Chicago Public Schools didn't call the heat equivalent of a "snow day" Friday, but said that absences of students due to heat would be considered excused.
With high heat a concern for a second consecutive day, CPS deployed 1,100 fans throughout the system and distributed water to students, staff and faculty, CEO Ron Huberman said Friday during a visit to Carter G. Woodson North Middle School.
He said concerned parents were being allowed to pull their children from hot classrooms, but said CPS decided against calling off classes altogether. The teachers' union had called for classes to be canceled.
"We are very concerned about our students' safety. Even with this heat, we believe the safest place for our place to be on a hot, summer day is in our school buildings, supervised by our hardworking and dedicated teachers in a supervised environment," said Huberman.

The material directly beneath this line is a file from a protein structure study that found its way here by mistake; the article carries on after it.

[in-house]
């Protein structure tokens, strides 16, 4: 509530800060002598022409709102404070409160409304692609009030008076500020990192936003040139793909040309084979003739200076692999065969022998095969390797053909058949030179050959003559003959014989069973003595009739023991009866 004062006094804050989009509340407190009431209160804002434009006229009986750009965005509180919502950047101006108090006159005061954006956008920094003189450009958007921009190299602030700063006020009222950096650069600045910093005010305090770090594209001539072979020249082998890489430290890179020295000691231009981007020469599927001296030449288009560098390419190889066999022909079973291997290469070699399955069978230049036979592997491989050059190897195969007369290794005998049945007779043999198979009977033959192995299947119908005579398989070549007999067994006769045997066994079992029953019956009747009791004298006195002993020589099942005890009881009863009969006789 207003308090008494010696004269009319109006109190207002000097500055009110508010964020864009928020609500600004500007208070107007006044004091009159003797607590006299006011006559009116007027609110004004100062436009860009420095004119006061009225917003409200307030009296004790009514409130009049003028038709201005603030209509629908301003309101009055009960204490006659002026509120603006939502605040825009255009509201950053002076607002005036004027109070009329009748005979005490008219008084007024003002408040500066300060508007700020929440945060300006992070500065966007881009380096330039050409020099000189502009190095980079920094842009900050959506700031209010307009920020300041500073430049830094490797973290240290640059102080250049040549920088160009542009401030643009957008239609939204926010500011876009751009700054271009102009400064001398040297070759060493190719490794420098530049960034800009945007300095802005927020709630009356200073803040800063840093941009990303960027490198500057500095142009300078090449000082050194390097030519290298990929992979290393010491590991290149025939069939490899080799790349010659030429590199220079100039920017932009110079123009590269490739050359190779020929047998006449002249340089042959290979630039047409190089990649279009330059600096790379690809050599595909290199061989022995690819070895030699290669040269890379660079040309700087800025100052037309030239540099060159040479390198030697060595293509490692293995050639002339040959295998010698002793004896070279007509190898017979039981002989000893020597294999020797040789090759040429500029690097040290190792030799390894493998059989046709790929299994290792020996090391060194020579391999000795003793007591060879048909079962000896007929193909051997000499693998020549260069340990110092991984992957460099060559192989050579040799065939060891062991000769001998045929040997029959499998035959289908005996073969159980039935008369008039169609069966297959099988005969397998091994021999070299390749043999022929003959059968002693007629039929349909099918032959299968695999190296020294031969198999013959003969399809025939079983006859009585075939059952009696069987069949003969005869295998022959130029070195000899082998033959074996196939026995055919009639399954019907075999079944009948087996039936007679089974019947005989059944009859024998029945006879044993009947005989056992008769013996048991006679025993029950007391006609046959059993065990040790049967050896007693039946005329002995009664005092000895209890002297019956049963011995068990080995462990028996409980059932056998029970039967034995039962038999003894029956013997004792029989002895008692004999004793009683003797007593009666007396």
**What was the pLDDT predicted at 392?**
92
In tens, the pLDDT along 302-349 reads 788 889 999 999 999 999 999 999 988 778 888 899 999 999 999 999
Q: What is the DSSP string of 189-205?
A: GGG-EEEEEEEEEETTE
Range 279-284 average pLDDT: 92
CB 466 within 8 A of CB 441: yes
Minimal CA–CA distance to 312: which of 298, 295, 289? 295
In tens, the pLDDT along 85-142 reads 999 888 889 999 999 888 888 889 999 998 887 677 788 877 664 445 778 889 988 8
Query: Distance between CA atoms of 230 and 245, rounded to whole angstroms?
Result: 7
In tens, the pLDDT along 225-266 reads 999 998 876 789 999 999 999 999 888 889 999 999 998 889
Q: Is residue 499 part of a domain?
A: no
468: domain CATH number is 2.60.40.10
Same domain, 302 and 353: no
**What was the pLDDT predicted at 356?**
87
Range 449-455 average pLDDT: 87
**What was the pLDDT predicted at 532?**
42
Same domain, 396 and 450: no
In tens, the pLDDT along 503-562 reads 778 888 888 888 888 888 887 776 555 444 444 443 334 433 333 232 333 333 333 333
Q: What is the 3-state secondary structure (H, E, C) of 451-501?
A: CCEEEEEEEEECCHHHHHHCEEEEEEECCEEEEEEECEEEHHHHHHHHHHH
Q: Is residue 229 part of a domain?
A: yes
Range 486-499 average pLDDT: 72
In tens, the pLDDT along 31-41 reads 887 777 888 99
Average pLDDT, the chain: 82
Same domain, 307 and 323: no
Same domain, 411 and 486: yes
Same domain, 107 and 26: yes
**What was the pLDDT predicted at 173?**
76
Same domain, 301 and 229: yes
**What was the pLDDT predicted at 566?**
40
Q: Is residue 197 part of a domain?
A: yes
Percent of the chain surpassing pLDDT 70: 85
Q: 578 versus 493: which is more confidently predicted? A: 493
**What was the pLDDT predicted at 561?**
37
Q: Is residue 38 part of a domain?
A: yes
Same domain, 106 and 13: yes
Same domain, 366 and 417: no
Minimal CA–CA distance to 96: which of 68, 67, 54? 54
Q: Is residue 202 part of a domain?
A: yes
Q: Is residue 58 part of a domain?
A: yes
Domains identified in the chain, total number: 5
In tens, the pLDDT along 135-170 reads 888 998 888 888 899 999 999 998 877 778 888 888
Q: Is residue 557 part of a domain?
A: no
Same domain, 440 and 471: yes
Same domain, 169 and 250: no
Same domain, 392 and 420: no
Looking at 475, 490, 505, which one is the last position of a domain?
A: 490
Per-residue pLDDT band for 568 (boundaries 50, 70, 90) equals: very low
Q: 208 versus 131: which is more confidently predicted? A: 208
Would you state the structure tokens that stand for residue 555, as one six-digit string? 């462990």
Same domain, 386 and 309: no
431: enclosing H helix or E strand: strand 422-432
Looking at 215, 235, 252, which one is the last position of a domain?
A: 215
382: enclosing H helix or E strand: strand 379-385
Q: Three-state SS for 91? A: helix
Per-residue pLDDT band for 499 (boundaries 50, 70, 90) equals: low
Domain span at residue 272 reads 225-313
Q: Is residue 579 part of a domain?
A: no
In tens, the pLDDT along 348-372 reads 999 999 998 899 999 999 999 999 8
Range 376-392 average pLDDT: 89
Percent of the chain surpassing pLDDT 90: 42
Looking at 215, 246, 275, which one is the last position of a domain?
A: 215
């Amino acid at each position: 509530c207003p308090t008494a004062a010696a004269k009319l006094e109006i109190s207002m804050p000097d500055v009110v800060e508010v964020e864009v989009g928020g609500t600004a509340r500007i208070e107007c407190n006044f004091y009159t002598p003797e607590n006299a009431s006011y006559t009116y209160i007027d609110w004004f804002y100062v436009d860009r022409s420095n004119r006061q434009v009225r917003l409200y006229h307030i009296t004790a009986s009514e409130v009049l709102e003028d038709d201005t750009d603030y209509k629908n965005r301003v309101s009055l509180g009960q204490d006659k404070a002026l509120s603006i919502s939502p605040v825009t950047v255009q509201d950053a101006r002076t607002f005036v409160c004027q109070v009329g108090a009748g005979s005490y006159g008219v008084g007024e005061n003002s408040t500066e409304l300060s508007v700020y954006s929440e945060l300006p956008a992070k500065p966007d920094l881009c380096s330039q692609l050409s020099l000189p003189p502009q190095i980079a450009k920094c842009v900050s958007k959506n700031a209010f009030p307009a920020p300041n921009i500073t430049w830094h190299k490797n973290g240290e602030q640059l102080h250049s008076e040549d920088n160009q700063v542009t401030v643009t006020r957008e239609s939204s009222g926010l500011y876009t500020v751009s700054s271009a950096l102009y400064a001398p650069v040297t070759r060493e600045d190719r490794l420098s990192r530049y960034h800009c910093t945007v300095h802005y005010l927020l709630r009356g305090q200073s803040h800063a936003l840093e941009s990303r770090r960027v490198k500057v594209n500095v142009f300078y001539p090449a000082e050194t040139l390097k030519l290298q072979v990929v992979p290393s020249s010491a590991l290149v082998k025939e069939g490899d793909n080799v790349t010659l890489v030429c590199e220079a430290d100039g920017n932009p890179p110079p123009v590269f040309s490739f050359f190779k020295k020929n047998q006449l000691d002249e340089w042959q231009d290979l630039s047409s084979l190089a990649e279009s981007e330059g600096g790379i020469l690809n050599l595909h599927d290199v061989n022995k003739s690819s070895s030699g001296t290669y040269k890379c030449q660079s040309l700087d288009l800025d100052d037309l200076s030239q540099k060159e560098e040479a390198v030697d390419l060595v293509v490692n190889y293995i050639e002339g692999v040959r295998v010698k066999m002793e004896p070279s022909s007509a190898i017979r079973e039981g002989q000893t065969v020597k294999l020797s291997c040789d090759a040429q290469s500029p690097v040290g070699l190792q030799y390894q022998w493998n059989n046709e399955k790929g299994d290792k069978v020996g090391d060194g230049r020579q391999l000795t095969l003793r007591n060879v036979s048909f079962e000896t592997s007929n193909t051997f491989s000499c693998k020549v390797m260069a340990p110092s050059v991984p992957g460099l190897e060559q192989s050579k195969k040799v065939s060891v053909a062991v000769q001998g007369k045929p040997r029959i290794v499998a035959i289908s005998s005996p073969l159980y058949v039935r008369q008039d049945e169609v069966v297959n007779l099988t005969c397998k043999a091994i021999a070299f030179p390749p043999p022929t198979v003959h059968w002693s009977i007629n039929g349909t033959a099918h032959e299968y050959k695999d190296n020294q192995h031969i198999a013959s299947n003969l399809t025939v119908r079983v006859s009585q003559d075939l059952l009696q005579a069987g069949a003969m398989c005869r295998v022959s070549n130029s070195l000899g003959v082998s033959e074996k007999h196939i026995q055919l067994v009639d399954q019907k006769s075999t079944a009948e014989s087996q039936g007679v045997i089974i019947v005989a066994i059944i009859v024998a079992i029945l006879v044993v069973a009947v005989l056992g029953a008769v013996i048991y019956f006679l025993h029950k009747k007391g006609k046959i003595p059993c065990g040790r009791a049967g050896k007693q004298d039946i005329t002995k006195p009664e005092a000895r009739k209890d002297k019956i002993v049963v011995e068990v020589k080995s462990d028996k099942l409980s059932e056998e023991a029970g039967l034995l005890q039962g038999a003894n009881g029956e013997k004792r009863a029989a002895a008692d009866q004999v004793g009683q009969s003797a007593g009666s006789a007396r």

Huberman said a "snow day" would have been more strongly considered if the heat trend were to continue.
Window air conditioning units are not permitted in schools due to current building codes, Huberman said, but added that CPS was working with the building department and the commissioner to work through that hurdle.
Portable air conditioning units on wheels are also being considered as an option, he said.
Nearly 100,000 students went back to school at the start of the week under the "Track E" program. Year-round students attend school the same number of days as their traditional fall to summer counterparts. But instead of a long summer vacation, Track E students take a number of two and three week "intercessions" throughout the year.